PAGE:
Regardless if you’re an internal auditor in the private sector or in the public sector, or indeed a performance auditor, every organization will have a genuine interest in making sure that it has access to quality data. So any observations you can make beyond your individual audit to contribute to that overall quality will be well-received.

Yusuf: 

That’s right.

So there you go: 

five reasons for making sure that you take the time and spend the time to improve the quality of your data and prepare your data upfront.

Conor: 

To recap, why you should spend time preparing your data and checking quality. Number five, it’ll give you the ability to provide improvement opportunities, not just as a result of your audit, but for the organization more broadly.

Yusuf: 

Number four, it helps you ensure that you have a level of confidence in the work that you’re doing, the analysis that you’re producing and the results that you’re producing as well. So you can stand in front of your stakeholders with hand on heart and say, I’ve done everything that I needed to do and this data, and these results are correct.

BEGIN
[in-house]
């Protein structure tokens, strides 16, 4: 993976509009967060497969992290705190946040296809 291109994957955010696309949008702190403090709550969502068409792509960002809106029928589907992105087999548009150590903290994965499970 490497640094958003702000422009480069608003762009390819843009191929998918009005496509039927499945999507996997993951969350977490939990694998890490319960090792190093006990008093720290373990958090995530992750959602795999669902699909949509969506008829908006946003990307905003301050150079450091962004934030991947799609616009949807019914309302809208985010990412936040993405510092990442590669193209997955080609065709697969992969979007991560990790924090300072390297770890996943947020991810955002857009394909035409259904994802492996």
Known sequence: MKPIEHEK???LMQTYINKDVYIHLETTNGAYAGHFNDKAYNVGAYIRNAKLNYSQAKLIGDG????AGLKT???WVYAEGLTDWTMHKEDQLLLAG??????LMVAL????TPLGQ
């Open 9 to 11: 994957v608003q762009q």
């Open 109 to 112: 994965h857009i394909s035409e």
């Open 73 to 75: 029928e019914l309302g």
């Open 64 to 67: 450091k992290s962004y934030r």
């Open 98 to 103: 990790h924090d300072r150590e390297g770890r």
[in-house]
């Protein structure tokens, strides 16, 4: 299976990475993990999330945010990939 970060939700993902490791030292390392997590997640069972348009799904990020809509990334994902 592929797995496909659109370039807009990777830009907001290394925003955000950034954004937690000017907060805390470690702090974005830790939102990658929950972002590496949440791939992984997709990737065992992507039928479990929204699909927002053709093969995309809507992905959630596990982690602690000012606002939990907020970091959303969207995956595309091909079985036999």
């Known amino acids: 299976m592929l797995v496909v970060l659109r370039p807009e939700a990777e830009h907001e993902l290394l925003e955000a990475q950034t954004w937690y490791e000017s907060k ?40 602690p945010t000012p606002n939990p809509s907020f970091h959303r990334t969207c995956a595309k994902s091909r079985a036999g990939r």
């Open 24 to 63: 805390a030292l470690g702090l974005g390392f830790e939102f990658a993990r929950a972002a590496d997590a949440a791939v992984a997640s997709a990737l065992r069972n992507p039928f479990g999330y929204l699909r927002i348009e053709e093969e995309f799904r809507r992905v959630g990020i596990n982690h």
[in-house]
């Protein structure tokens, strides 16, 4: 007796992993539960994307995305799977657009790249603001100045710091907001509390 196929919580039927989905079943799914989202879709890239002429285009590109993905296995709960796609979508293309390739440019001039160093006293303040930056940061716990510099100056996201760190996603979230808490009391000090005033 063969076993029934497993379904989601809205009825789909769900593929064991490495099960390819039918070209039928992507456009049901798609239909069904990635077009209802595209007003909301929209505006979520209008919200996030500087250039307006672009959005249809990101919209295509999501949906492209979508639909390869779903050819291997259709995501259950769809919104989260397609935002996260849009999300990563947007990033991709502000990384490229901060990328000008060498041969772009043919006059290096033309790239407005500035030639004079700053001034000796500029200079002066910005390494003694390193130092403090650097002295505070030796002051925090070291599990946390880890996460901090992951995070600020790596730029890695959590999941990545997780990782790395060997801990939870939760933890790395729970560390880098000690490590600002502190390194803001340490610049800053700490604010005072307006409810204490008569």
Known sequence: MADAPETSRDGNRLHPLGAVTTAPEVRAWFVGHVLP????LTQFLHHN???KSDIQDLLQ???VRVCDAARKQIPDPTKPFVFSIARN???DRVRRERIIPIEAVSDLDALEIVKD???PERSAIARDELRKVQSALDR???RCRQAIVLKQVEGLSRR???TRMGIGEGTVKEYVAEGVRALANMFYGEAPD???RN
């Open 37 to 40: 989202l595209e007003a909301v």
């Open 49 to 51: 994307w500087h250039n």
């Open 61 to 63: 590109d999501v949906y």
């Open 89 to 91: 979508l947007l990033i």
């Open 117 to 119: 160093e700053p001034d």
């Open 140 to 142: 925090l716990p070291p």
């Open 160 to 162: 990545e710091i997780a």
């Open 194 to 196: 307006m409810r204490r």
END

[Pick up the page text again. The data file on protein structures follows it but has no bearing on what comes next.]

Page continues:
Conor: 

Number three, doing the prep upfront, will save you time both in the analysis as you work through your audit, but also will save time for the business and your interactions.

Yusuf: 

Number two preparation helps ensure that the data has the right consistent format .

Conor: 12:19

Number one, the prep explore the data, and that can be really helpful in getting a good understanding of it before you actually begin the analysis of it.

Yusuf: 12:29

Excellent. So let’s all go and spend time preparing our data and making sure that we have quality in it to get both confidence in our results, but also provide good improvement opportunities for achievement of our strategies.

Conor: 

Great stuff. Thanks Yusuf. Thanks Conor.

Narrator: